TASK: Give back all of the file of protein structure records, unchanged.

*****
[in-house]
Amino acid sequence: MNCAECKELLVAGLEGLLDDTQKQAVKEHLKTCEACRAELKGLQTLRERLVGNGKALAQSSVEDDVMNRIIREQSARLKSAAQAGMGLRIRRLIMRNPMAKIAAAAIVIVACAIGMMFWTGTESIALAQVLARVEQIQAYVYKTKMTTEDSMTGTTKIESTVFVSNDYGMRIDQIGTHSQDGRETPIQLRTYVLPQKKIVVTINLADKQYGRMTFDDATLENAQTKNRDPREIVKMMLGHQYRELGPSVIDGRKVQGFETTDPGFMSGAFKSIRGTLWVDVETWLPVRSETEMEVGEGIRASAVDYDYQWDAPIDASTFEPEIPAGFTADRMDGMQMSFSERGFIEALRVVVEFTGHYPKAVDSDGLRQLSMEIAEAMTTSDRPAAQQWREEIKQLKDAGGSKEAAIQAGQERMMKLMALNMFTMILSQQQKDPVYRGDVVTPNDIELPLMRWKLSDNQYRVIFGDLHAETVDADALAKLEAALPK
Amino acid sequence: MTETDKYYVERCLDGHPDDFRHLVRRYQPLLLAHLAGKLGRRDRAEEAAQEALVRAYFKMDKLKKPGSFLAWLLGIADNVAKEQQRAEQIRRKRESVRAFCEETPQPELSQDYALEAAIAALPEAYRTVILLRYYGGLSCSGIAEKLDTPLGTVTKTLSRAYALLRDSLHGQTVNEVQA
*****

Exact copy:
[in-house]
Amino acid sequence: MNCAECKELLVAGLEGLLDDTQKQAVKEHLKTCEACRAELKGLQTLRERLVGNGKALAQSSVEDDVMNRIIREQSARLKSAAQAGMGLRIRRLIMRNPMAKIAAAAIVIVACAIGMMFWTGTESIALAQVLARVEQIQAYVYKTKMTTEDSMTGTTKIESTVFVSNDYGMRIDQIGTHSQDGRETPIQLRTYVLPQKKIVVTINLADKQYGRMTFDDATLENAQTKNRDPREIVKMMLGHQYRELGPSVIDGRKVQGFETTDPGFMSGAFKSIRGTLWVDVETWLPVRSETEMEVGEGIRASAVDYDYQWDAPIDASTFEPEIPAGFTADRMDGMQMSFSERGFIEALRVVVEFTGHYPKAVDSDGLRQLSMEIAEAMTTSDRPAAQQWREEIKQLKDAGGSKEAAIQAGQERMMKLMALNMFTMILSQQQKDPVYRGDVVTPNDIELPLMRWKLSDNQYRVIFGDLHAETVDADALAKLEAALPK
Amino acid sequence: MTETDKYYVERCLDGHPDDFRHLVRRYQPLLLAHLAGKLGRRDRAEEAAQEALVRAYFKMDKLKKPGSFLAWLLGIADNVAKEQQRAEQIRRKRESVRAFCEETPQPELSQDYALEAAIAALPEAYRTVILLRYYGGLSCSGIAEKLDTPLGTVTKTLSRAYALLRDSLHGQTVNEVQA